Pickleball is all the rage on college campuses
WACO, Texas (KWTX) - It’s common knowledge to everyone now that pickleball is all the rage.
Over at Baylor, Paul Underwood recently started a pickleball club. In October, they played their first tournament with Texas and Mary Hardin-Baylor. Thought, the “club” is not officially recognized as a club sport.
That’s one thing that we’re kind of fighting for is that official club designation,” said Underwood. “I think we’re going to get that in the fall, but I just got involved with the social club, and I would like to see a competitive team generated from that.”
For Baylor’s team to become a club sport on campus, the pickleballers need a few things. They must play a competitive schedule for a certain period of time. The club also needs to have an established team, but they don’t lack the latter.
The Bears have 12 men and four women, including graduate student Annie Wallace. Even though the females are outnumbered, Wallace says the team feels like a big family.
“They’re all just so supportive,” said Wallace. “Some of that guy-girl play, like are they targeting the girl? No, they’re here to have fun and experience what we’re experiencing/ Plus, Paul mentioned us being the trail blazers, and I agree with that. We’re kind of just laying the foundation of what pickleball can be at the collegiate level for sure.
At the collegiate level is where the sport has seen the most growth. Around 130 colleges across the country have competitive pickleball clubs. Ben Van Hout, who works for the pickleball rating company, DUPR, says that amount is increasing at a rapid rate.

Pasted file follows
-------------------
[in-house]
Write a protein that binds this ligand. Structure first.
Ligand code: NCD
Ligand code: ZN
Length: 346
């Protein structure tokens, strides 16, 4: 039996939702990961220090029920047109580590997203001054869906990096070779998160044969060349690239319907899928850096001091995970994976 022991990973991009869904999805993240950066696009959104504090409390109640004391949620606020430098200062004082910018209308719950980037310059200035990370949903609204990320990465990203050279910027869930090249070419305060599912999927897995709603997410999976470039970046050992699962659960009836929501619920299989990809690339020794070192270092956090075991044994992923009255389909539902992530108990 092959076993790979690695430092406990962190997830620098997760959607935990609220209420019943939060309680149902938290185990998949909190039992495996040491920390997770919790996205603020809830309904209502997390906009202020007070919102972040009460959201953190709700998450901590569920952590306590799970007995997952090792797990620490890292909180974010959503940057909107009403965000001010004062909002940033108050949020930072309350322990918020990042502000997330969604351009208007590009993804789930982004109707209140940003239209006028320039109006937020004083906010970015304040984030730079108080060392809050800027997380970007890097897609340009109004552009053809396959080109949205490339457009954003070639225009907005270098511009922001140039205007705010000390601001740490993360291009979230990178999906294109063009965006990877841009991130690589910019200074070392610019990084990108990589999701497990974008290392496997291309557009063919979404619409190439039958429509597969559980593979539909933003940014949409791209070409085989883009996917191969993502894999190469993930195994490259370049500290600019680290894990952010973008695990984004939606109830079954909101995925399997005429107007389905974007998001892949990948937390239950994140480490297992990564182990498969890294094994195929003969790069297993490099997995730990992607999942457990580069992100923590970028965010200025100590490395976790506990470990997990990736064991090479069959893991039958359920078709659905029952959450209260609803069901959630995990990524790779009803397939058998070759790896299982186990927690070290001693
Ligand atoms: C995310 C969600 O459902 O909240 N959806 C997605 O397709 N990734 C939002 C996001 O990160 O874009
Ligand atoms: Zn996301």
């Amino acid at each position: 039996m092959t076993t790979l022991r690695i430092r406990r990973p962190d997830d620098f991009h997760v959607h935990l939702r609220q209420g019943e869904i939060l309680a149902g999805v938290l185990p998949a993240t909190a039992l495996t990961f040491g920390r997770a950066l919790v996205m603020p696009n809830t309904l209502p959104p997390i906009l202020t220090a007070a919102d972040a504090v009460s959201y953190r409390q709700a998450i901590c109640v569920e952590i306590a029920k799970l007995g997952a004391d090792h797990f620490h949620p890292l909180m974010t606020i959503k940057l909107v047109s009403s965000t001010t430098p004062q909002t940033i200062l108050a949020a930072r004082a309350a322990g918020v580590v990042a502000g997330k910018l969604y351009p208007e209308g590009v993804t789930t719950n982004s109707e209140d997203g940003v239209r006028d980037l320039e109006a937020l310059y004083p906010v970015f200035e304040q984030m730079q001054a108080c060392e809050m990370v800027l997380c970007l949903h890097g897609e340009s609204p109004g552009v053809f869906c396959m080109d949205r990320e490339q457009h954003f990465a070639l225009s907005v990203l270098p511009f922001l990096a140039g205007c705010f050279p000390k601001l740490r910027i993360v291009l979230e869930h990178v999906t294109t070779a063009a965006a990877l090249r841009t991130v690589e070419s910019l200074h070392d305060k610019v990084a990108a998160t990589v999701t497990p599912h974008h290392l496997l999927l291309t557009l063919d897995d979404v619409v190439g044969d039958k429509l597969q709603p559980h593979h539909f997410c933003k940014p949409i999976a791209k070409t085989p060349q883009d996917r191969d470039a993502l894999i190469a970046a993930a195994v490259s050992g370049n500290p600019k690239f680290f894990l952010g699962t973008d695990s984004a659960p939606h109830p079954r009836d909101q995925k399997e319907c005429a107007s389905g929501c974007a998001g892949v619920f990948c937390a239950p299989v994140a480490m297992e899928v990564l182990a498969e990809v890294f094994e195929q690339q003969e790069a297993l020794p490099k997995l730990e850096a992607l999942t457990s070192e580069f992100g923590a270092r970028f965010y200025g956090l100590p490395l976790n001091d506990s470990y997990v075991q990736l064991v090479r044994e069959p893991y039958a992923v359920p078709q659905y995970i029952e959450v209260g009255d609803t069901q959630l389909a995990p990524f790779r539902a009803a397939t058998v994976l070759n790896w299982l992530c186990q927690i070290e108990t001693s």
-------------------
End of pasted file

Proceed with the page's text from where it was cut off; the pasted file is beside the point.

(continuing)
“The cool thing about collegiate pickleball is that it’s not just the big schools that are really starting awesome programs,” said Van Hout. “From 17 schools to 130 in a year is pretty tremendous. I probably see it doubling or tripling next year.”
Texas pickleball officer Alec Alden thinks the sport will soon be at almost all Division I schools, and eventually at the Summer Games.
“There’s been a ton of investment in the pickleball landscape,” said Alden. “I don’t know any other details, but I would not be surprised if pickleball is a D1 sport in one to two years, and maybe even an Olympic sport.”
Though, no matter how quickly that all unfolds, one thing’s for sure is that pickleball isn’t going anywhere.
“I’m a tournament player, and I play a lot of tournaments, and I see college kids playing this game all over,” said Underwood. “It’s not just your grandma’s game anymore.”
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